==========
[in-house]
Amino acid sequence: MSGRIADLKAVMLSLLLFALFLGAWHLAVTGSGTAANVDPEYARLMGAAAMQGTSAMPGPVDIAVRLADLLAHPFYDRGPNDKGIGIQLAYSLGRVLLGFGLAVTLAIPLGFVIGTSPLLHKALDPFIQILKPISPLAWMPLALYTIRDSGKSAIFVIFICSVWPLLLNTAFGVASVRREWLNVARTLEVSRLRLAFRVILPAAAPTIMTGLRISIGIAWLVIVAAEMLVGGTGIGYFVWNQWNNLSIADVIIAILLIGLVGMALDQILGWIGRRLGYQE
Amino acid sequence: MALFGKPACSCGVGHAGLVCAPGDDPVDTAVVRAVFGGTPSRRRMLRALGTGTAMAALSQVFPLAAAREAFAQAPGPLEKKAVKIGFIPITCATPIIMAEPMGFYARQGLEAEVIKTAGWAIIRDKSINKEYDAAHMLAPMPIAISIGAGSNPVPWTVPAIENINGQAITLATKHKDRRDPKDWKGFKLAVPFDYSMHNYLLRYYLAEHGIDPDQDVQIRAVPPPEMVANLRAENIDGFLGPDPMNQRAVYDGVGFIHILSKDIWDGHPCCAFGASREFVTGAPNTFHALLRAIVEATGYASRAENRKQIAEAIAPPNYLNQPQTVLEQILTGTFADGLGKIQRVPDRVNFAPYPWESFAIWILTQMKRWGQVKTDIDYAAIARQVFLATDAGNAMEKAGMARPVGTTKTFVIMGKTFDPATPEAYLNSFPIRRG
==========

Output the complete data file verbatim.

[in-house]
Amino acid sequence: MSGRIADLKAVMLSLLLFALFLGAWHLAVTGSGTAANVDPEYARLMGAAAMQGTSAMPGPVDIAVRLADLLAHPFYDRGPNDKGIGIQLAYSLGRVLLGFGLAVTLAIPLGFVIGTSPLLHKALDPFIQILKPISPLAWMPLALYTIRDSGKSAIFVIFICSVWPLLLNTAFGVASVRREWLNVARTLEVSRLRLAFRVILPAAAPTIMTGLRISIGIAWLVIVAAEMLVGGTGIGYFVWNQWNNLSIADVIIAILLIGLVGMALDQILGWIGRRLGYQE
Amino acid sequence: MALFGKPACSCGVGHAGLVCAPGDDPVDTAVVRAVFGGTPSRRRMLRALGTGTAMAALSQVFPLAAAREAFAQAPGPLEKKAVKIGFIPITCATPIIMAEPMGFYARQGLEAEVIKTAGWAIIRDKSINKEYDAAHMLAPMPIAISIGAGSNPVPWTVPAIENINGQAITLATKHKDRRDPKDWKGFKLAVPFDYSMHNYLLRYYLAEHGIDPDQDVQIRAVPPPEMVANLRAENIDGFLGPDPMNQRAVYDGVGFIHILSKDIWDGHPCCAFGASREFVTGAPNTFHALLRAIVEATGYASRAENRKQIAEAIAPPNYLNQPQTVLEQILTGTFADGLGKIQRVPDRVNFAPYPWESFAIWILTQMKRWGQVKTDIDYAAIARQVFLATDAGNAMEKAGMARPVGTTKTFVIMGKTFDPATPEAYLNSFPIRRG